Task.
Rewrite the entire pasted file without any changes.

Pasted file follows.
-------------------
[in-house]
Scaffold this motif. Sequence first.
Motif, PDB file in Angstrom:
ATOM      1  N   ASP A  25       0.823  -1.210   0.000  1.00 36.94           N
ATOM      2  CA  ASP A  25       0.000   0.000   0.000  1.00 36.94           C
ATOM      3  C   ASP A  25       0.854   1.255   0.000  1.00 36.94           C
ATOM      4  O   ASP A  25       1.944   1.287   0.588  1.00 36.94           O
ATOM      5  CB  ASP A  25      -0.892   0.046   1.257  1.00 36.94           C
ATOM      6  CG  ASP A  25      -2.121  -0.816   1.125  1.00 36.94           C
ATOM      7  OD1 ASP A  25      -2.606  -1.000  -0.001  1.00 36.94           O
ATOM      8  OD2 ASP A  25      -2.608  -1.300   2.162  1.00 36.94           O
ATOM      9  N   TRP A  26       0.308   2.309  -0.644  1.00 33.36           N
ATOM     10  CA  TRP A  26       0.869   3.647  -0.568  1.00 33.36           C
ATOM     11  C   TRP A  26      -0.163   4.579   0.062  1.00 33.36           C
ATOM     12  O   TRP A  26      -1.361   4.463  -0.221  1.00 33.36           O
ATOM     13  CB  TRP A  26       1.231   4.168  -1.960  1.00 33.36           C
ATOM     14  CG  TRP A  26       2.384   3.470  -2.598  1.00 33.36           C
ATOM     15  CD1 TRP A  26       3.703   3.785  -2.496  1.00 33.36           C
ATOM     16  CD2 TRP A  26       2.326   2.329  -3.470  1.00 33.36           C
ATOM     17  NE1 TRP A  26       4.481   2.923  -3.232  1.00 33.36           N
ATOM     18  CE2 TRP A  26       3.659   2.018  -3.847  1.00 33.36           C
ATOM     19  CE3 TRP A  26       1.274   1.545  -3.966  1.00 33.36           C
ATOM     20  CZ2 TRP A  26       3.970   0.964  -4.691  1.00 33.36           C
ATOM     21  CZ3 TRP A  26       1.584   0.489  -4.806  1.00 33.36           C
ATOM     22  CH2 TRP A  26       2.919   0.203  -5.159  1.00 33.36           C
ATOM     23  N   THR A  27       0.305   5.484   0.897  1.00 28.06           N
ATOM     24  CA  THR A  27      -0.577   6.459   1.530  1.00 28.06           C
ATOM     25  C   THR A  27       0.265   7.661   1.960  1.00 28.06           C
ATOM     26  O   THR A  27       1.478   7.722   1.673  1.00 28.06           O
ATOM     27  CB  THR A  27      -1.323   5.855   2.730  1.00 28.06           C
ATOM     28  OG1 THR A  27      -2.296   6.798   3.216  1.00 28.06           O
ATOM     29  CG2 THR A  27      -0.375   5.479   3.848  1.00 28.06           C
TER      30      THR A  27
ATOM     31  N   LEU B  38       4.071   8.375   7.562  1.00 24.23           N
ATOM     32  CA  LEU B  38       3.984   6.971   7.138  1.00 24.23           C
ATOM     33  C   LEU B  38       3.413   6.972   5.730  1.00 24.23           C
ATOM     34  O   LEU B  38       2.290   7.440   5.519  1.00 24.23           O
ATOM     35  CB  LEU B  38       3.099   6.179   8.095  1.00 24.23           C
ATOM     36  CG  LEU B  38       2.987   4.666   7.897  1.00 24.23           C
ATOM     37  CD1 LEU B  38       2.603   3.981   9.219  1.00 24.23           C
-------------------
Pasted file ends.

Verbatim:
[in-house]
Scaffold this motif. Sequence first.
Motif, PDB file in Angstrom:
ATOM      1  N   ASP A  25       0.823  -1.210   0.000  1.00 36.94           N
ATOM      2  CA  ASP A  25       0.000   0.000   0.000  1.00 36.94           C
ATOM      3  C   ASP A  25       0.854   1.255   0.000  1.00 36.94           C
ATOM      4  O   ASP A  25       1.944   1.287   0.588  1.00 36.94           O
ATOM      5  CB  ASP A  25      -0.892   0.046   1.257  1.00 36.94           C
ATOM      6  CG  ASP A  25      -2.121  -0.816   1.125  1.00 36.94           C
ATOM      7  OD1 ASP A  25      -2.606  -1.000  -0.001  1.00 36.94           O
ATOM      8  OD2 ASP A  25      -2.608  -1.300   2.162  1.00 36.94           O
ATOM      9  N   TRP A  26       0.308   2.309  -0.644  1.00 33.36           N
ATOM     10  CA  TRP A  26       0.869   3.647  -0.568  1.00 33.36           C
ATOM     11  C   TRP A  26      -0.163   4.579   0.062  1.00 33.36           C
ATOM     12  O   TRP A  26      -1.361   4.463  -0.221  1.00 33.36           O
ATOM     13  CB  TRP A  26       1.231   4.168  -1.960  1.00 33.36           C
ATOM     14  CG  TRP A  26       2.384   3.470  -2.598  1.00 33.36           C
ATOM     15  CD1 TRP A  26       3.703   3.785  -2.496  1.00 33.36           C
ATOM     16  CD2 TRP A  26       2.326   2.329  -3.470  1.00 33.36           C
ATOM     17  NE1 TRP A  26       4.481   2.923  -3.232  1.00 33.36           N
ATOM     18  CE2 TRP A  26       3.659   2.018  -3.847  1.00 33.36           C
ATOM     19  CE3 TRP A  26       1.274   1.545  -3.966  1.00 33.36           C
ATOM     20  CZ2 TRP A  26       3.970   0.964  -4.691  1.00 33.36           C
ATOM     21  CZ3 TRP A  26       1.584   0.489  -4.806  1.00 33.36           C
ATOM     22  CH2 TRP A  26       2.919   0.203  -5.159  1.00 33.36           C
ATOM     23  N   THR A  27       0.305   5.484   0.897  1.00 28.06           N
ATOM     24  CA  THR A  27      -0.577   6.459   1.530  1.00 28.06           C
ATOM     25  C   THR A  27       0.265   7.661   1.960  1.00 28.06           C
ATOM     26  O   THR A  27       1.478   7.722   1.673  1.00 28.06           O
ATOM     27  CB  THR A  27      -1.323   5.855   2.730  1.00 28.06           C
ATOM     28  OG1 THR A  27      -2.296   6.798   3.216  1.00 28.06           O
ATOM     29  CG2 THR A  27      -0.375   5.479   3.848  1.00 28.06           C
TER      30      THR A  27
ATOM     31  N   LEU B  38       4.071   8.375   7.562  1.00 24.23           N
ATOM     32  CA  LEU B  38       3.984   6.971   7.138  1.00 24.23           C
ATOM     33  C   LEU B  38       3.413   6.972   5.730  1.00 24.23           C
ATOM     34  O   LEU B  38       2.290   7.440   5.519  1.00 24.23           O
ATOM     35  CB  LEU B  38       3.099   6.179   8.095  1.00 24.23           C
ATOM     36  CG  LEU B  38       2.987   4.666   7.897  1.00 24.23           C
ATOM     37  CD1 LEU B  38       2.603   3.981   9.219  1.00 24.23           C